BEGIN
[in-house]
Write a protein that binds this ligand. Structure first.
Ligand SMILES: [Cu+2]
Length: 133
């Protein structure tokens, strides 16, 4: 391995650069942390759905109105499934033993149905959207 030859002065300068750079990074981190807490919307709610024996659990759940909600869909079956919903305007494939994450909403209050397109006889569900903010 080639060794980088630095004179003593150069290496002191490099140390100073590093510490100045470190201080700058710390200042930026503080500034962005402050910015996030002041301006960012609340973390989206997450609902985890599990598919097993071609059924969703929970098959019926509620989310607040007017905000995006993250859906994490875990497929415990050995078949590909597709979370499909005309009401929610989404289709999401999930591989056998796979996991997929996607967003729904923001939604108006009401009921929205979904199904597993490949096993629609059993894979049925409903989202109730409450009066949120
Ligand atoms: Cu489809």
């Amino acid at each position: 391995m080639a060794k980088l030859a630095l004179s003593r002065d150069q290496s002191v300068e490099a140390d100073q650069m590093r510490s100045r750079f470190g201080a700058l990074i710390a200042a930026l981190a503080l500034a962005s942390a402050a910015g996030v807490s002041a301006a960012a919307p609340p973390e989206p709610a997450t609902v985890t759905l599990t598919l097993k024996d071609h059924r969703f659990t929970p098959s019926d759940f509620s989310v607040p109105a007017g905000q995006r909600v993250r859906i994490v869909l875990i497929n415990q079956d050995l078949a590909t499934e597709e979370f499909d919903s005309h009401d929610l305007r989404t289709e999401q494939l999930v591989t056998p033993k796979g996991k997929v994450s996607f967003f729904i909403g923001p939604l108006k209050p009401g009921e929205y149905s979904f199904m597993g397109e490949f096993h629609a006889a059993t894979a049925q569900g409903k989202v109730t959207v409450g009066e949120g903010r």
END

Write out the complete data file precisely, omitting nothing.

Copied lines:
[in-house]
Write a protein that binds this ligand. Structure first.
Ligand SMILES: [Cu+2]
Length: 133
């Protein structure tokens, strides 16, 4: 391995650069942390759905109105499934033993149905959207 030859002065300068750079990074981190807490919307709610024996659990759940909600869909079956919903305007494939994450909403209050397109006889569900903010 080639060794980088630095004179003593150069290496002191490099140390100073590093510490100045470190201080700058710390200042930026503080500034962005402050910015996030002041301006960012609340973390989206997450609902985890599990598919097993071609059924969703929970098959019926509620989310607040007017905000995006993250859906994490875990497929415990050995078949590909597709979370499909005309009401929610989404289709999401999930591989056998796979996991997929996607967003729904923001939604108006009401009921929205979904199904597993490949096993629609059993894979049925409903989202109730409450009066949120
Ligand atoms: Cu489809």
């Amino acid at each position: 391995m080639a060794k980088l030859a630095l004179s003593r002065d150069q290496s002191v300068e490099a140390d100073q650069m590093r510490s100045r750079f470190g201080a700058l990074i710390a200042a930026l981190a503080l500034a962005s942390a402050a910015g996030v807490s002041a301006a960012a919307p609340p973390e989206p709610a997450t609902v985890t759905l599990t598919l097993k024996d071609h059924r969703f659990t929970p098959s019926d759940f509620s989310v607040p109105a007017g905000q995006r909600v993250r859906i994490v869909l875990i497929n415990q079956d050995l078949a590909t499934e597709e979370f499909d919903s005309h009401d929610l305007r989404t289709e999401q494939l999930v591989t056998p033993k796979g996991k997929v994450s996607f967003f729904i909403g923001p939604l108006k209050p009401g009921e929205y149905s979904f199904m597993g397109e490949f096993h629609a006889a059993t894979a049925q569900g409903k989202v109730t959207v409450g009066e949120g903010r």